The Startling Thing the CEO of Restoration Hardware Said about Online Ad Spending

“We’ve found out that 98% of our business was coming from 22 words.”

By Tyler Durden, Zero Hedge:

Category 1 storm clouds are gathering over what has traditionally been one of the most lucrative, and perhaps only profitable, sectors to come out of Silicon Valley in decades: online advertising.

Two months ago, it was P&G which fired the first shot across the “adtech” bow when not long after it announced it was slashing its digital ad spending because it thought it was not getting the kind of return on investment it desired, it made a striking discovery: “We didn’t see a reduction in the growth rate.” CFO Jon Moeller said “What that tells me is that that spending that we cut was largely ineffective.”

Speaking to the WSJ, P&G CEO David Taylor echoed Moeller when he explained that cuts on digital ads are part of a larger strategy to more quickly halt spending on things – from ad campaigns to product development programs – that aren’t working: “we got some data that said either it was in a bad place or it was not effective,” Taylor said of the digital cuts. “And we shut it down and said, ‘We’re not going to follow a formula of how much you spend or share of voice. We want every dollar to add value for the consumer or add value for our stakeholders.”

Previously P&G’s CFO had said that “the reduction in marketing that occurred was almost all in the digital space. And what it reflected was a choice to cut spending from a digital standpoint where it was ineffective: where either we were serving bots as opposed to human beings, or where the placement of ads was not facilitating the equity of our brands.”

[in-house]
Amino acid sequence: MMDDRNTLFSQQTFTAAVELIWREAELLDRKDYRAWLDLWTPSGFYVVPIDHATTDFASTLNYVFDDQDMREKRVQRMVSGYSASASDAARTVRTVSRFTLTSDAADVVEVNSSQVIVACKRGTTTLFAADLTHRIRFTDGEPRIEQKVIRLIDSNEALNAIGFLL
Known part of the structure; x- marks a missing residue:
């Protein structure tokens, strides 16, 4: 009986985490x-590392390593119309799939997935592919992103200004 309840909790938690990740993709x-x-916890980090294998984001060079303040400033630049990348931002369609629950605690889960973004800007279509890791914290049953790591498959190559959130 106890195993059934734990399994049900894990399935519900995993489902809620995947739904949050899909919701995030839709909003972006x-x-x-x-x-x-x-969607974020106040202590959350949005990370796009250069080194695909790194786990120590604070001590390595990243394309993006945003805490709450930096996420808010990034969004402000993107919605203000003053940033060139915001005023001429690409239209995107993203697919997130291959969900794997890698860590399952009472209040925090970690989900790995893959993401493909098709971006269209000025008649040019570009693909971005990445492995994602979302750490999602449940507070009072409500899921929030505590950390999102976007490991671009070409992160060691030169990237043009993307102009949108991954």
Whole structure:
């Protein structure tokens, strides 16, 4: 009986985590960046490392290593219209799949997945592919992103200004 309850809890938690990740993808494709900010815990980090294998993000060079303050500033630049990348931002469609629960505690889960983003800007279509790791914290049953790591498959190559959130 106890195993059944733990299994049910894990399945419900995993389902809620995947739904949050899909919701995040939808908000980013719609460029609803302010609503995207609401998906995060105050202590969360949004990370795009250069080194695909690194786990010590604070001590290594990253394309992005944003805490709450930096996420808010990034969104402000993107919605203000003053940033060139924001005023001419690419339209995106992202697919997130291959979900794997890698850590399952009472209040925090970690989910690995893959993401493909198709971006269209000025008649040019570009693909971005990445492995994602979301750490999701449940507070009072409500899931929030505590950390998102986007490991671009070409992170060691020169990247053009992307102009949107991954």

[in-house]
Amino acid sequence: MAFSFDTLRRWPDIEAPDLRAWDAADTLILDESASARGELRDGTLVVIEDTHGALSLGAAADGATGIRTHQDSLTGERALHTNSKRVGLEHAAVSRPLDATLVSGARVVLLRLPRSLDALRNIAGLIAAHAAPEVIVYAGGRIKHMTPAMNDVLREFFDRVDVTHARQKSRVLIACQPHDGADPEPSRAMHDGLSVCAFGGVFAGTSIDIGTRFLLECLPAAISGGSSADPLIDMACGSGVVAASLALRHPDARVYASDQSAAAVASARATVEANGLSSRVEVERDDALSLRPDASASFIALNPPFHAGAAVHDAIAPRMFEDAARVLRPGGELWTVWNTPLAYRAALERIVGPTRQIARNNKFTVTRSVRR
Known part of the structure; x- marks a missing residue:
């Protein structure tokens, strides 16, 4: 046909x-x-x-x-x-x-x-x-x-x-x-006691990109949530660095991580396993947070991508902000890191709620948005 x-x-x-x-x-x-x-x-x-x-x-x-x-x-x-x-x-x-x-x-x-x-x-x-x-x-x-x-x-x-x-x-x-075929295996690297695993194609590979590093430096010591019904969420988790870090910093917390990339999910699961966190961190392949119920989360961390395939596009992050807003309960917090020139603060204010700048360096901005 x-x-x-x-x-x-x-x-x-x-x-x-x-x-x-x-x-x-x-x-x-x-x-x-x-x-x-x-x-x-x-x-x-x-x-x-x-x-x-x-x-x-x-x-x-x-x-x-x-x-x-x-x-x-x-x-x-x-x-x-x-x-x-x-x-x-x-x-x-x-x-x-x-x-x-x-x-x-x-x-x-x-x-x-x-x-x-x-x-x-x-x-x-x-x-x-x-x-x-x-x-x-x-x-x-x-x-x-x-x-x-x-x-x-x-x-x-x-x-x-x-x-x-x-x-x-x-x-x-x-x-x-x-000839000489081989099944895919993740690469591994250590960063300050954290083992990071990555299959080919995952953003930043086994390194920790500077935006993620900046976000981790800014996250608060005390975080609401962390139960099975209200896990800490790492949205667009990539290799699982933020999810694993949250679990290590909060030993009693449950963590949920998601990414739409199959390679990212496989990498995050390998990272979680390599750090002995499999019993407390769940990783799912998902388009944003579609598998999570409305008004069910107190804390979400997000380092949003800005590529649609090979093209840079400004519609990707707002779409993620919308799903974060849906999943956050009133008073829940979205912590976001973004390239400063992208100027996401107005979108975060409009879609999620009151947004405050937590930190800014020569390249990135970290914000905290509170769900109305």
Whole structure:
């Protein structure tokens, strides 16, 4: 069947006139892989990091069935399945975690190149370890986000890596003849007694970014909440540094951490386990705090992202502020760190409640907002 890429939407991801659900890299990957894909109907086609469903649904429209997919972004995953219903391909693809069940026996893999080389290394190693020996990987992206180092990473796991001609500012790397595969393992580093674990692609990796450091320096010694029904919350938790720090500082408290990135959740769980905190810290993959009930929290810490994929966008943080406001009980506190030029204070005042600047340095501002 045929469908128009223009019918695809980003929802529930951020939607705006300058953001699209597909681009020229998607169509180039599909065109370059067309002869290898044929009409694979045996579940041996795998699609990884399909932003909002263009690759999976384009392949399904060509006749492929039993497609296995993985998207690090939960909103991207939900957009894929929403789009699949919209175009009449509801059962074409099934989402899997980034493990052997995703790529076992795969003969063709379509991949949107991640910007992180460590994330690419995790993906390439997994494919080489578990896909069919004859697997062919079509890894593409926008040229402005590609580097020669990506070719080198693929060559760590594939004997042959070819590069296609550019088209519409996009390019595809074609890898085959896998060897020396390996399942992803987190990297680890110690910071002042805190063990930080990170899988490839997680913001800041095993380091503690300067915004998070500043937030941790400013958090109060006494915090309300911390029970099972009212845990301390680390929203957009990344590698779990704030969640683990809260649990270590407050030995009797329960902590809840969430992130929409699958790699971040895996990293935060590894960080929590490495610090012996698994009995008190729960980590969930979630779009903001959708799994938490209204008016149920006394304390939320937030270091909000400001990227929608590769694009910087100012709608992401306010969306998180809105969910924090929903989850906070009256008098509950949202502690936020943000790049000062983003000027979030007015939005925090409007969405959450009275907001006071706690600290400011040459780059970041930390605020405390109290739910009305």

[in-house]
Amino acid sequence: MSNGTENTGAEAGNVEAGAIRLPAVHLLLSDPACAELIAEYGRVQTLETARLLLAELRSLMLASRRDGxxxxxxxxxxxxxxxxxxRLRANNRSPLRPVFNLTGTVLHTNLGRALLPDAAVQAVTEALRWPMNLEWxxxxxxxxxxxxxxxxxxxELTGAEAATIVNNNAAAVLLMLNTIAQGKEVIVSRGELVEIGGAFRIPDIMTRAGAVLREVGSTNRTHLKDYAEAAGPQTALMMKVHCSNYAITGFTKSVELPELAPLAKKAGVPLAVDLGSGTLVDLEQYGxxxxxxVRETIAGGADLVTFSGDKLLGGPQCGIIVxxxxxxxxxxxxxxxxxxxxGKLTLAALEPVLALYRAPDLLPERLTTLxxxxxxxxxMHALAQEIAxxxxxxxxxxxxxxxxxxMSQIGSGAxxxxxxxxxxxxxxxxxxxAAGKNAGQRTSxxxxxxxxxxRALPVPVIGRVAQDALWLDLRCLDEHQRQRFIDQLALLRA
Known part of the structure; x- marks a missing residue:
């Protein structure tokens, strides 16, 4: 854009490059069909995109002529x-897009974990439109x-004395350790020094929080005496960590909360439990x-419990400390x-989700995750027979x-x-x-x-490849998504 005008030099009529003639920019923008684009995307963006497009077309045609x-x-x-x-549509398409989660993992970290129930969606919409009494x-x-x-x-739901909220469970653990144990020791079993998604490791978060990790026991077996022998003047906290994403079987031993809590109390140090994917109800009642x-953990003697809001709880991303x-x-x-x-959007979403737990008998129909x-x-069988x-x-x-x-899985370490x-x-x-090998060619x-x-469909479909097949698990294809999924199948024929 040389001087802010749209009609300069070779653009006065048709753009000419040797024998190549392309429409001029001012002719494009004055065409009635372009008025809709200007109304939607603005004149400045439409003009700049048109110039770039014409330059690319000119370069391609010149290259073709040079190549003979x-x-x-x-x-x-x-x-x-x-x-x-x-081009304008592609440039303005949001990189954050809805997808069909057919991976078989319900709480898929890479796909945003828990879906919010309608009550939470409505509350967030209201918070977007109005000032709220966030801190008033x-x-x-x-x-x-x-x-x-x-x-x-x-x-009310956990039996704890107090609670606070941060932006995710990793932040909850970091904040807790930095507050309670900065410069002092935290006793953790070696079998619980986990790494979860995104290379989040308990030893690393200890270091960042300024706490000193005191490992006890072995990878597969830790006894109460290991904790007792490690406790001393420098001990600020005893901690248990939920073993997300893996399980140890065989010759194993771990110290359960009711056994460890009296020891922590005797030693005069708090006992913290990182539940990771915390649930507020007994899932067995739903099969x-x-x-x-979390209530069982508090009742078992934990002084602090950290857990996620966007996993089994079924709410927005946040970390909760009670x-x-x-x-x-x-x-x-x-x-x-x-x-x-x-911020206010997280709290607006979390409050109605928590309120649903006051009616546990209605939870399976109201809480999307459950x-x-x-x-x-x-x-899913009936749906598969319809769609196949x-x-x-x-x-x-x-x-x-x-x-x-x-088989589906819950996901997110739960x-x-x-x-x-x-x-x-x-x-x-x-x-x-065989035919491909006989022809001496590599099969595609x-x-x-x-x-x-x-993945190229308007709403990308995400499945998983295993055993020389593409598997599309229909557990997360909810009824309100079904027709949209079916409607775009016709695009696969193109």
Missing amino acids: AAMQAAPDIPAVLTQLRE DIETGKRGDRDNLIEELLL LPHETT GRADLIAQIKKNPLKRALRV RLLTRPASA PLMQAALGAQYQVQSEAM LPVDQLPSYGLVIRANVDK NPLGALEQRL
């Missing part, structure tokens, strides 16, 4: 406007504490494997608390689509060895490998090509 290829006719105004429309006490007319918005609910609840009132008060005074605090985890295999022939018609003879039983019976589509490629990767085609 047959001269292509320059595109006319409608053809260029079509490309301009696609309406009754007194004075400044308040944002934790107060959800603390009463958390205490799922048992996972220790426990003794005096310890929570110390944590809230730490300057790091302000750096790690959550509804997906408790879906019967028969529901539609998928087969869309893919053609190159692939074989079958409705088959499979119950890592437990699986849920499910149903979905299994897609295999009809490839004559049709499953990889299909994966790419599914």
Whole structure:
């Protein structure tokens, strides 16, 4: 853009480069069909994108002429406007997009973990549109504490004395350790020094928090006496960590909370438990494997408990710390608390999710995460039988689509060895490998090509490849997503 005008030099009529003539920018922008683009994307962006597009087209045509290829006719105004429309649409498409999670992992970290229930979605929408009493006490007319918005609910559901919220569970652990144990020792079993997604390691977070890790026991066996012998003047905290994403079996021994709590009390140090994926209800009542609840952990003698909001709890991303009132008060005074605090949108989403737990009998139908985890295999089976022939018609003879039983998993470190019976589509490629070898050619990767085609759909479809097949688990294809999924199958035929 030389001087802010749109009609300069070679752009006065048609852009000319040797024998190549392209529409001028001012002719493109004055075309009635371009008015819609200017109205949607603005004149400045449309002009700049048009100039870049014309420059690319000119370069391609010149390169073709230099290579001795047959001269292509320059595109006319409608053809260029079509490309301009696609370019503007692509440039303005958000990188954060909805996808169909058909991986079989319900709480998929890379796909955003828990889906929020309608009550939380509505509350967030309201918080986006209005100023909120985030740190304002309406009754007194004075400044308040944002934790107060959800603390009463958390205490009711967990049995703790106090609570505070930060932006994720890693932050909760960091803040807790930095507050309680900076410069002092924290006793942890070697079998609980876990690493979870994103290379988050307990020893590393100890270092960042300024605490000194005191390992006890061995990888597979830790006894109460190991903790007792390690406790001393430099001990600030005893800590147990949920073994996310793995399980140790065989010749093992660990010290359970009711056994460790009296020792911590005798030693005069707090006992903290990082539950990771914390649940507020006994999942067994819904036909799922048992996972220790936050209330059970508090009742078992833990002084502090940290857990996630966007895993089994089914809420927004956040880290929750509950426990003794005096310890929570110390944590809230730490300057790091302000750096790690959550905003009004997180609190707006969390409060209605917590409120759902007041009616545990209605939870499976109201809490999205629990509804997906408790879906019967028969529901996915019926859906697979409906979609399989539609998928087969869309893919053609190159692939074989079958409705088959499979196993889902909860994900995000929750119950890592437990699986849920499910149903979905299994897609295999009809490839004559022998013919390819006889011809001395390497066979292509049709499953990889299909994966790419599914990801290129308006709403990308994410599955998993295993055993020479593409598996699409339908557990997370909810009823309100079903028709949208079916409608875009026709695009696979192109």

Moeller also touched on the two most common complaints about digital advertising scams: advertisers are paying for ads that are viewed and clicked on by bots, not humans; and ads are placed by thousands of automated “ad exchanges” that are out of control of the advertiser on sites and pages that don’t match the advertiser’s products.

Commenting on this, in late July, Wolf Richter summarized the state of affairs as follows:

Marketing executives of other companies too have long railed against the murkiness of digital advertising, the false promises, the intractability of the Internet, the clicks and views by bots on which advertisers are wasting their money, and the billions of dollars that get blown without results. But getting a grip on what works and what doesn’t is hard.

There’s a larger issue: Retail spending (not adjusted for inflation) has grown on average 2.4% per year in the US over the past five years. Over the same period, digital advertising nearly doubled to $72.5 billion in 2016. Clearly, even digital advertising – despite the lure of Facebook and the like – cannot induce consumers overall to spend more and increase the size of the overall pie for advertisers. It can only, at best, divide up the pie differently.

And when one of the most sophisticated high-tech advertisers in the world decides it is overspending on digital advertising and is able to very carefully remove the rot, thus bringing down its cost without hurting its revenues, other companies will follow, with some consequences for the relentless but often ineffective surge of digital advertising dollars.